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My Trip To Mars

Feel the power Alana Cahoon/Adam Frank hide caption

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Alana Cahoon/Adam Frank

Feel the power

Alana Cahoon/Adam Frank

The sky glowed in phosphorescent hues and the sun was painfully bright in the thin air. The parched ground showed its own pallet of colors stamped onto the landscape through an angry geology that was keen to let you know who was in control. Jumbled, fractured sculptures of rock towered above, giving way to cliffs of crystalized basalt that towered even higher. We were not meant to be here. Not for long anyway. This part of the planet was not in the business of welcoming visitors.

The description above is not of a canyon in the Martian Highlands but of Teide, a 3,000-meter high volcano on the island of Tenerife. There are important differences between the two (like me without a spacesuit and the presence of those green bushy living things you see in the picture) but there are also important similarities. From both we have a lot to learn.

I just returned from the Canaries, a set of volcanic islands some 100 kilometers off the northwest coast of Africa. I was there for a conference on the late stages of stellar evolution (the Europeans have powerful telescopes set on the top of La Palma, an island to the northwest of Tenerife). After the conference I traveled around a few of the islands.

Though they are now a major destination for European vacationers, the Canaries retain much of their Spanish colonial history (the small island of La Gomera was Columbus's last jumping off point before sailing west into the unknown). What is truly staggering about these islands, however, is not their record of human history. It's the planetary forces of mind-numbing power — some still at work — that set me back.

The Canary Islands may have formed when Africa slowed down, it's continental plate bumping up against the plates forming Europe, India and Asia. The ocean floor off Africa buckled, allowing vast rivers of molten rock to rise upwards. Thus the islands were born in plumes of fire and steam a hundred million or so years ago. It was both an apocalypse and just another day in the life of the Earth.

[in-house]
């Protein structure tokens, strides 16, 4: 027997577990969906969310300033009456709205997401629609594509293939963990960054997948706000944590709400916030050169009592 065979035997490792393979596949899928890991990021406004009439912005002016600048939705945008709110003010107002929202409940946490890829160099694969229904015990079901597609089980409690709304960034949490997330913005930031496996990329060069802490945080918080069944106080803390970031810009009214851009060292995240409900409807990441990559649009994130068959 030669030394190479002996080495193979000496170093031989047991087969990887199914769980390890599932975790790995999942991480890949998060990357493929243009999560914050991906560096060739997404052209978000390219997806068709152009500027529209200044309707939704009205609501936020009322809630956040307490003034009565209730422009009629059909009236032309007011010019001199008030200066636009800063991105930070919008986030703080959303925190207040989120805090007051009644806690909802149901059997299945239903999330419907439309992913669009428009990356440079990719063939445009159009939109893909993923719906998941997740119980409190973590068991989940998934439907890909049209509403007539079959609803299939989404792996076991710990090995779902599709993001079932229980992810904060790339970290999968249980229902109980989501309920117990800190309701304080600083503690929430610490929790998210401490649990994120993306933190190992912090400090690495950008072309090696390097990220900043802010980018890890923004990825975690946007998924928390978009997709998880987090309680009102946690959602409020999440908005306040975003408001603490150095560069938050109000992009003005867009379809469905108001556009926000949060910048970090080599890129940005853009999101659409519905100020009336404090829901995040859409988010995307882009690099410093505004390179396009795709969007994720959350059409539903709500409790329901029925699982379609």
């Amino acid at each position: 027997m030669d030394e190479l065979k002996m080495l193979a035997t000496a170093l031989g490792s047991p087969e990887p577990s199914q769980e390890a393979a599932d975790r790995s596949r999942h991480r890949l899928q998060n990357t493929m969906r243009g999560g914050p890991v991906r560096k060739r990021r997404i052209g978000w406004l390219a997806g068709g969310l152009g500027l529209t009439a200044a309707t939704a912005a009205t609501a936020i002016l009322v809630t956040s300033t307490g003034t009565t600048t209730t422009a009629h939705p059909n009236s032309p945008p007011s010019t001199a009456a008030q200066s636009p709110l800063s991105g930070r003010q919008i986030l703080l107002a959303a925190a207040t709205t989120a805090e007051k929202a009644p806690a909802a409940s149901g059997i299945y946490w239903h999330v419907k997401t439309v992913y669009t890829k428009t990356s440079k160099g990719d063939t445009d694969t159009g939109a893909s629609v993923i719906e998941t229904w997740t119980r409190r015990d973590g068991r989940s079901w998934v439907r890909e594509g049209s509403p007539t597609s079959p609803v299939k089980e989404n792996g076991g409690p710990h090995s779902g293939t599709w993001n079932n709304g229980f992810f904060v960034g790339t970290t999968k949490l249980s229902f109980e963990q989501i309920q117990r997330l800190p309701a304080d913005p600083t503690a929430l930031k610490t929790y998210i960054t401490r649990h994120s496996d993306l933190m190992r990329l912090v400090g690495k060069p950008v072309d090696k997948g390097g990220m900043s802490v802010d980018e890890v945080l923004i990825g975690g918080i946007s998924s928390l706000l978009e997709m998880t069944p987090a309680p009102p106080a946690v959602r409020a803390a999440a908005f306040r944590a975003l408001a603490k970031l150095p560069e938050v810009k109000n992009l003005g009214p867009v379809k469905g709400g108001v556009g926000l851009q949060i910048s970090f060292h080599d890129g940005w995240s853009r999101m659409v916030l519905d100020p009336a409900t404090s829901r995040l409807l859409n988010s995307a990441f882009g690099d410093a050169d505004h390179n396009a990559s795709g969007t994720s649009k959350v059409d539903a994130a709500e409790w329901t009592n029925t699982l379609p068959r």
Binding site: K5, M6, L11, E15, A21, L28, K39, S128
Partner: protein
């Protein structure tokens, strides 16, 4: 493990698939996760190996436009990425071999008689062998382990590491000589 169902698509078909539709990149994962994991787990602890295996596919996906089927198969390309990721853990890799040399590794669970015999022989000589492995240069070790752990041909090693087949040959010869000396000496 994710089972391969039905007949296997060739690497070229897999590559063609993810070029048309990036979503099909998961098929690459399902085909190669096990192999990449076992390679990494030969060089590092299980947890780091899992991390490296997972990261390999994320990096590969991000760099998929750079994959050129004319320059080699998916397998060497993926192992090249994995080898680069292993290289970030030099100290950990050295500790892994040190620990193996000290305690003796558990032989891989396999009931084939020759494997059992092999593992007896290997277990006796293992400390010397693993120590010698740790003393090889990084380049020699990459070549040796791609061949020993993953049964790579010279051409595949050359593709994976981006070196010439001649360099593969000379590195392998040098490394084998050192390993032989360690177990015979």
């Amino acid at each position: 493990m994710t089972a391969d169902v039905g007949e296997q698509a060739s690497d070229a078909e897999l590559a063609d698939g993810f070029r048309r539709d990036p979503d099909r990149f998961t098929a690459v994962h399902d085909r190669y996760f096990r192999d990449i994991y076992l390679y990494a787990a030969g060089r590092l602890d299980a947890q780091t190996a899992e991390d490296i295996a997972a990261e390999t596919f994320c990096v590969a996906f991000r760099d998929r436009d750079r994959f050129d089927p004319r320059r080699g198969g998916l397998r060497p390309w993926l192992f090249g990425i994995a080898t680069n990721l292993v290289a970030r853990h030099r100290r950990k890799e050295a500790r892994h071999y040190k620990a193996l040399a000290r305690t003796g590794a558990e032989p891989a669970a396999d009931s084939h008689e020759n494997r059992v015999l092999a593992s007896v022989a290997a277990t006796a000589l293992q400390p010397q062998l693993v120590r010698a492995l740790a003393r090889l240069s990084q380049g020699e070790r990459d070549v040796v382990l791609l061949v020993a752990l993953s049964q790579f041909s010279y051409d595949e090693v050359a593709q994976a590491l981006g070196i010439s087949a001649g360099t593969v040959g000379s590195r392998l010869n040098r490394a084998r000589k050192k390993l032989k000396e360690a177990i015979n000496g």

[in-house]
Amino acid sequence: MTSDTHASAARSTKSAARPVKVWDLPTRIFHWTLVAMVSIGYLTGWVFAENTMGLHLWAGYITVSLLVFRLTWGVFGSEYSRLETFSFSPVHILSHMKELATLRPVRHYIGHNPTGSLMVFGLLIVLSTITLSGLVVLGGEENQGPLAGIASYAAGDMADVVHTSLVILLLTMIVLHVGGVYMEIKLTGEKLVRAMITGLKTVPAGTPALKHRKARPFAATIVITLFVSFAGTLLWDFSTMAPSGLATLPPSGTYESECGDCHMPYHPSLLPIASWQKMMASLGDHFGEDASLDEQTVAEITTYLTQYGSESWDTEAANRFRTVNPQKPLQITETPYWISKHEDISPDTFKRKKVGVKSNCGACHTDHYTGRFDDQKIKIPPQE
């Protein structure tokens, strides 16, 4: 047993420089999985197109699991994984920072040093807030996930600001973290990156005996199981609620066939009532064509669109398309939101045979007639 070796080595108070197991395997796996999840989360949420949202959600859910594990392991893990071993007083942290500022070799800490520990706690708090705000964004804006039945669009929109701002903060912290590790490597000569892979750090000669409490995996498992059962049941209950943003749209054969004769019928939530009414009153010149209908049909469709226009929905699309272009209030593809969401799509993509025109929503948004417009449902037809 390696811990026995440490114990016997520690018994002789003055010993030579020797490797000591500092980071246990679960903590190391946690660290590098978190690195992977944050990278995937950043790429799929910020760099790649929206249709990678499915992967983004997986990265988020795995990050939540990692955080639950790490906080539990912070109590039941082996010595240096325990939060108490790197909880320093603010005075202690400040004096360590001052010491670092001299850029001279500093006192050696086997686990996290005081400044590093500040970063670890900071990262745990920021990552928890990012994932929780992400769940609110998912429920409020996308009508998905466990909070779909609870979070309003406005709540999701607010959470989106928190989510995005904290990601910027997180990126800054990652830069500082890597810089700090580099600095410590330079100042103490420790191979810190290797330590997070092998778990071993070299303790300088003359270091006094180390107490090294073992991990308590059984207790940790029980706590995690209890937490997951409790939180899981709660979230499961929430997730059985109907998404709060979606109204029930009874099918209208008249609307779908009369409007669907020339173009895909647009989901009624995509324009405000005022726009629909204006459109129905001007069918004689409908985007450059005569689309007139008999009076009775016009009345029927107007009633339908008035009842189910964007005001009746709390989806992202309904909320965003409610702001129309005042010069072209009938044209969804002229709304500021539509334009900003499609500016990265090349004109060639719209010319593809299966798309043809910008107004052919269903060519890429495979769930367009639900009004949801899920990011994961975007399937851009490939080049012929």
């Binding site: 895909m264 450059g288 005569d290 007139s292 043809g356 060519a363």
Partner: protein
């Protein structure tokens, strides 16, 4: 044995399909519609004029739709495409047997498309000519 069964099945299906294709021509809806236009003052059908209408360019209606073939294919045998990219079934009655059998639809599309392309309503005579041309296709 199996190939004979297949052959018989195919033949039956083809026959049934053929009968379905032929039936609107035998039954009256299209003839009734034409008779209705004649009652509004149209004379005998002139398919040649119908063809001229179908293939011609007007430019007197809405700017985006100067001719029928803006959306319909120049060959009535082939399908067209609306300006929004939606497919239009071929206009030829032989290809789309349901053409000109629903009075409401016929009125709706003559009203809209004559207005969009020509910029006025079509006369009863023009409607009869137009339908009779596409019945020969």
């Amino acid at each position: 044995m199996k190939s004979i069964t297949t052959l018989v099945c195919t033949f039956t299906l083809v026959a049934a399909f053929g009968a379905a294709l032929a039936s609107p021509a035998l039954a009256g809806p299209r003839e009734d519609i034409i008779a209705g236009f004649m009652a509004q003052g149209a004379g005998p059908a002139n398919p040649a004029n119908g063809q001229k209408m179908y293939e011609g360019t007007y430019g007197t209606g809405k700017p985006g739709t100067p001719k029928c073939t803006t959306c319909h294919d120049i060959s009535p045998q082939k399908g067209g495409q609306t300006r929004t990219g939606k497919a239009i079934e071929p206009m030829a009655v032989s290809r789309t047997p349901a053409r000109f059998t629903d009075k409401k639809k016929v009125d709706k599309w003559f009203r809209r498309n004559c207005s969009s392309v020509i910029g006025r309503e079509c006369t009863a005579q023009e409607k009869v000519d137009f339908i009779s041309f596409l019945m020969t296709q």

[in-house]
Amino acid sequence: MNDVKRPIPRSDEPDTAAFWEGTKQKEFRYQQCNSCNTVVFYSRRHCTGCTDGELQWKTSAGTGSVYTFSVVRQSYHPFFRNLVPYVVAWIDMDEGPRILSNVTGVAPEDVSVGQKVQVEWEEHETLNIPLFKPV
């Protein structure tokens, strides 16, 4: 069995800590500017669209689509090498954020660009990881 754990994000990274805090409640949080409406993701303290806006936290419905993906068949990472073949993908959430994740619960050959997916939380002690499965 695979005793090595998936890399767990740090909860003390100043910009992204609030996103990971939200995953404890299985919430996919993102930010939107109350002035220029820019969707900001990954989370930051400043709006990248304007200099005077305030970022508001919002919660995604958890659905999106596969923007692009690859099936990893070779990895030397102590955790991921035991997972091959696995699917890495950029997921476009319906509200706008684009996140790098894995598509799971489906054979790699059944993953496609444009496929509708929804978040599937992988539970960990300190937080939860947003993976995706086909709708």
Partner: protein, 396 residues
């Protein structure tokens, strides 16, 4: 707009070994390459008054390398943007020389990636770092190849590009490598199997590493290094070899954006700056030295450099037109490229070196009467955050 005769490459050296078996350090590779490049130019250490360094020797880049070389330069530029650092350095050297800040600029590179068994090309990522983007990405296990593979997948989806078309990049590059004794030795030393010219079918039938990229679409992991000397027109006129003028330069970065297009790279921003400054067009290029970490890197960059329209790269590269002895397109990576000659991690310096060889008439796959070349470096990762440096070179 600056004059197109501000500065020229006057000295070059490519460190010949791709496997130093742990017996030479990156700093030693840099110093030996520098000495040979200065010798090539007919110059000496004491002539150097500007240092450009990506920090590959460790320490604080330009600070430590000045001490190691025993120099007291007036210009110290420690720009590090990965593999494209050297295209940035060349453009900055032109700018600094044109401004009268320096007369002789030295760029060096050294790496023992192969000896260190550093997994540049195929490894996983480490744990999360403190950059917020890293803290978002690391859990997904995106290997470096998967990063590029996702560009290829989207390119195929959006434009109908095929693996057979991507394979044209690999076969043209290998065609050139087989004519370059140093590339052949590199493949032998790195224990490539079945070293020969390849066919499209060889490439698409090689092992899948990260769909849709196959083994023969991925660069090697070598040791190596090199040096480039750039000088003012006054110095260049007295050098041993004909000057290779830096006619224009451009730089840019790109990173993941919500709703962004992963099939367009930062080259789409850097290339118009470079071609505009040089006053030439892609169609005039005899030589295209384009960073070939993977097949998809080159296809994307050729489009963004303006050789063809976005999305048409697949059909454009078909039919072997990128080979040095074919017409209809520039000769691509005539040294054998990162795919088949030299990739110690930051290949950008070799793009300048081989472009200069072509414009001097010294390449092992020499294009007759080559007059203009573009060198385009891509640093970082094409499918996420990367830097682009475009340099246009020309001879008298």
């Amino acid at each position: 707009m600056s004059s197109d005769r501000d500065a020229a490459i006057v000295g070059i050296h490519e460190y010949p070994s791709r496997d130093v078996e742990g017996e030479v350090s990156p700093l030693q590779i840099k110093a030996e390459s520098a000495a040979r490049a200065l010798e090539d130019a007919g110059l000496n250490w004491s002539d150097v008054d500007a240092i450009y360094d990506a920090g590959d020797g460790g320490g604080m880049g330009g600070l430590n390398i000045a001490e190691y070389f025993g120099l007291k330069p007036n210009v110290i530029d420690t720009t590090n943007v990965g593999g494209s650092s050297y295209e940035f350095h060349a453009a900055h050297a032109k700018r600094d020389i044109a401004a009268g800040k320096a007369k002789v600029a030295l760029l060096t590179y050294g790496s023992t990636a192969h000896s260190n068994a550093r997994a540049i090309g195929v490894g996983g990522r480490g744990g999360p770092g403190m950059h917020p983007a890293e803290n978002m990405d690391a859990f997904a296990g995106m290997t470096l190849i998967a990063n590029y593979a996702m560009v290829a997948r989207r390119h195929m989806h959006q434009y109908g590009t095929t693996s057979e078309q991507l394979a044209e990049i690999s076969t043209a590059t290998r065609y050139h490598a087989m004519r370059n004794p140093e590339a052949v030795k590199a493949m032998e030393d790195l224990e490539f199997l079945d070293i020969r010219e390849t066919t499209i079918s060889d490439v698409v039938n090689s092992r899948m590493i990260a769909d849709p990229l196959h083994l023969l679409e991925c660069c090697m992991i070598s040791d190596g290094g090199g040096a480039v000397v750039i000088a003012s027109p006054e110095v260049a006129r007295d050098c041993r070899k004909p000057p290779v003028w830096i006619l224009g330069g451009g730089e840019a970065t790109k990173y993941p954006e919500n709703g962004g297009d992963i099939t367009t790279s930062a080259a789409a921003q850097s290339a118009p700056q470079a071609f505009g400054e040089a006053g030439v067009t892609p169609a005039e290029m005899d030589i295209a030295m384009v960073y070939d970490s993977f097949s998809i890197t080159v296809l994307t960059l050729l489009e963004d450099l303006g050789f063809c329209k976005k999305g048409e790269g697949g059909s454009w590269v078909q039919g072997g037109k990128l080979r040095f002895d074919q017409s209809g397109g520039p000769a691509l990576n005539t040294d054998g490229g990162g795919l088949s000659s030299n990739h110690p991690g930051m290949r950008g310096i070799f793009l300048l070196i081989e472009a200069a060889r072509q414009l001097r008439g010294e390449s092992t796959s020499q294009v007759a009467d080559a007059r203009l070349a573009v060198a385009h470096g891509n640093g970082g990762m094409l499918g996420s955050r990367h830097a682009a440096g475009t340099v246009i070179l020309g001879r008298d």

In our daily lives most of us do not confront the scale of energy and force available to planets. In the United States, in particular, we mostly live in cities or suburbs in regions with fairly mild climates and fairly mild topologies (which for the most part don't shake, roll or explode). Sometimes the weather gets extreme. Sometimes earthquakes happen. But those are relatively rare events.

These mild climates and stable surfaces are just one possible state in a planet's life. We get fooled into thinking mild conditions are the normal state of affairs because our short lives make it impossible to see how active and dynamic the planet truly is.

But in a place like the Canaries – in the merciless shadow of Tenerife's Teide volcano or the impossible steep, wildly corrugated slopes of La Gomera – you can't forget. Such is the joy of travel to wild places and such is their lesson.

In a planetary context, we are living in a remarkable moment. Our robot probes wander the surface of Mars and send back images showing a world that looks remarkably similar to the more extreme corners of our own planet.

Our telescopes look out and find a galaxy that is likely teeming with (dare I say it?) billions and billions of other planets. At the same moment, we are just beginning to understand how complex and tightly coupled the systems of water, air, earth and life are on our world.

Together they are teaching us a lesson that we can each get a taste of every time we step onto a beach, stand next to a river, walk into a forrest or venture into any reasonably wild place.

Every planet is a powerful thing with a life of its own.